For websites that allow user generated content (UGC), the online service provider (OSP) and the copyright holder share responsibility for combating infringement. Part of that responsibility includes properly notifying each other with regard to alleged infringement.
If a copyright owner or other party complaining of infringement fails to fully comply with the elements of notification required by § 512(c)(3) of the the Digital Millennium Copyright Act (DMCA), that notification may not be considered in determining whether the “Hosting” service provider had actual or red flag knowledge of the infringing activity. In order for a notification of claimed infringement to be effective, it must include:
(i) A physical or electronic signature of a person authorized to act on behalf of the owner of an exclusive right that is allegedly infringed.
(ii) Identification of the copyrighted work claimed to have been infringed, or, if multiple copyrighted works at a single online site are covered by a single notification, a representative list of such works at that site.
(iii) Identification of the material that is claimed to be infringing or to be the subject of infringing activity and that is to be removed or access to which is to be disabled, and information reasonably sufficient to permit the service provider to locate the material.
(iv) Information reasonably sufficient to permit the service provider to contact the complaining party, such as an address, telephone number, and, if available, an electronic mail address at which the complaining party may be contacted.
(v) A statement that the complaining party has a good faith belief that use of the material in the manner complained of is not authorized by the copyright owner, its agent, or the law.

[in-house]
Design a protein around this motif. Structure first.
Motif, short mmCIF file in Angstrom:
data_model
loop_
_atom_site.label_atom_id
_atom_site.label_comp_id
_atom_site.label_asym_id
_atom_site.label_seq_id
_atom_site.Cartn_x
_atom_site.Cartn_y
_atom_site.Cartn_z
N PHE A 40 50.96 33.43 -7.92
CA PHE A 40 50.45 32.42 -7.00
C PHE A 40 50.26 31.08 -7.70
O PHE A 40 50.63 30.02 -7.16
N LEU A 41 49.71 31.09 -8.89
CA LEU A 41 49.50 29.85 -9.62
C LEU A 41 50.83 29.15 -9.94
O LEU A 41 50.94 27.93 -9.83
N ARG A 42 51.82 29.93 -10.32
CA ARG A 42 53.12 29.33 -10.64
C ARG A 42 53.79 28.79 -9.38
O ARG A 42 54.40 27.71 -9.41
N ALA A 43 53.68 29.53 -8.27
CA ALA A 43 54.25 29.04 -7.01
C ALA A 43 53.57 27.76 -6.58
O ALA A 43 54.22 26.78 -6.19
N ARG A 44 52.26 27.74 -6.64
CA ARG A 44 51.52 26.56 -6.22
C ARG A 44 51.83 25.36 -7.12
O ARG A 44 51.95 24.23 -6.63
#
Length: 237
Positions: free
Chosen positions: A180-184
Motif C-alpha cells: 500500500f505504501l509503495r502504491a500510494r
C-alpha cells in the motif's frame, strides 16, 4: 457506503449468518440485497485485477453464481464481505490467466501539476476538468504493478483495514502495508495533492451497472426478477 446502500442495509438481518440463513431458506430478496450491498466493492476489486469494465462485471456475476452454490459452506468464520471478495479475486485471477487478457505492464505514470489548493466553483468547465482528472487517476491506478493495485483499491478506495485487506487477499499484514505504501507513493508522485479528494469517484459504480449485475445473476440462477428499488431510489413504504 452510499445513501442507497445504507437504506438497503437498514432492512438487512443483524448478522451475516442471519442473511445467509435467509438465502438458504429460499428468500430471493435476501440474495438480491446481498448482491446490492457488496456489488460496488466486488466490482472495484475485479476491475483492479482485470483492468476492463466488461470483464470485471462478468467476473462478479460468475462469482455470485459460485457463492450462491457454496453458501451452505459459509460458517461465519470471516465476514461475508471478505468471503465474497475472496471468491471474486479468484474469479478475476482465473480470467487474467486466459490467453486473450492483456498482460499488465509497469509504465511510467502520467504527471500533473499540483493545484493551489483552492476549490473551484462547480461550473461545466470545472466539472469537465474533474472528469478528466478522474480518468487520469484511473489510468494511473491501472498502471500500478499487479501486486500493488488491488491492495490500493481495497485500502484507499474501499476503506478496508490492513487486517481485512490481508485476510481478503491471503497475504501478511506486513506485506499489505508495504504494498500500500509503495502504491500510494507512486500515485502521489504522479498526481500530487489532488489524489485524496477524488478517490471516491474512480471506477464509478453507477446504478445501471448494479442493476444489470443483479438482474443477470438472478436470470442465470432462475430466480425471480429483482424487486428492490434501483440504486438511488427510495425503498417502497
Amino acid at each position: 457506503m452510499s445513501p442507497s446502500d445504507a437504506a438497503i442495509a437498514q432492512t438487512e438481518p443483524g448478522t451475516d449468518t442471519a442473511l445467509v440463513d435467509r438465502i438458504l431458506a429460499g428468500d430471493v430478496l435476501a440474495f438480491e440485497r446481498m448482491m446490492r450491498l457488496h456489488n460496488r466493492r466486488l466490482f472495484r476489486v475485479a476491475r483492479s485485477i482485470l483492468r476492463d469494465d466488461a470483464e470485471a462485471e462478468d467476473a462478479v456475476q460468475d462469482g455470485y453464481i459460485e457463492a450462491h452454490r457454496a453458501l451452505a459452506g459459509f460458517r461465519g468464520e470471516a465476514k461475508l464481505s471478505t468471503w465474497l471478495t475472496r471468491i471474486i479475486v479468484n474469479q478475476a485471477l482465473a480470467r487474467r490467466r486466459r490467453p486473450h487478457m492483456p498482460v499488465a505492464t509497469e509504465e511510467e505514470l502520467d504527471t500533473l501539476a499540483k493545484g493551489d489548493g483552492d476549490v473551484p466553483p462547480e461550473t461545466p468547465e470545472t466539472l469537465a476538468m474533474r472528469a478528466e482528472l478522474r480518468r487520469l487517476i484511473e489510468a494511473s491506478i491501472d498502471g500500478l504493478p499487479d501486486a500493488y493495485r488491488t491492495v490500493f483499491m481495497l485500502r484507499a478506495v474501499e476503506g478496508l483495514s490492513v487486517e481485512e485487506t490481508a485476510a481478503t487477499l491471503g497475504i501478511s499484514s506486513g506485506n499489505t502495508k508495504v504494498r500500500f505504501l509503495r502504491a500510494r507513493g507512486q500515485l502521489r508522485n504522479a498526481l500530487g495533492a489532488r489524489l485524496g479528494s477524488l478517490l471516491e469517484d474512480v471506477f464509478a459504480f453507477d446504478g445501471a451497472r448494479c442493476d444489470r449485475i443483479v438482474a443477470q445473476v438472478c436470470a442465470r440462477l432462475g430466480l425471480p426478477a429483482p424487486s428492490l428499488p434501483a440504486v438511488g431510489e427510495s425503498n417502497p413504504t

(vi) A statement that the information in the notification is accurate, and under penalty of perjury, that the complaining party is authorized to act on behalf of the owner of an exclusive right that is allegedly infringed.
But what if an allegation of infringement is disputed by the posting user? In this case, the posting user may submit a counter-notification requesting restoration of the material at the website. 17 U.S.C. § 512(g)(3) specifies that in order for a counter-notification to be effective, it must include:
(A) A physical or electronic signature of the subscriber.
(B) Identification of the material that has been removed or to which access has been disabled and the location at which the material appeared before it was removed or access to it was disabled.
(C) A statement under penalty of perjury that the subscriber has a good faith belief that the material was removed or disabled as a result of mistake or misidentification of the material to be removed or disabled.
(D) The subscriber’s name, address, and telephone number, and a statement that the subscriber consents to the jurisdiction of Federal District Court for the judicial district in which the address is located, or if the subscriber’s address is outside of the United States, for any judicial district in which the service provider may be found, and that the subscriber will accept service of process from the person who provided notification or an agent of such person.
So what if an OSP receives a notice that fails one or more of the elements required by the DMCA? Although an OSP need only take action on properly completed takedown notices, it may be beneficial for the entity to provide guidance and assistance to those who may want to file such notices. Evidence of proactive assistance would be helpful to a court in demonstrating that the OSP’s notice/counter-notice policy is in fact a good faith, working policy.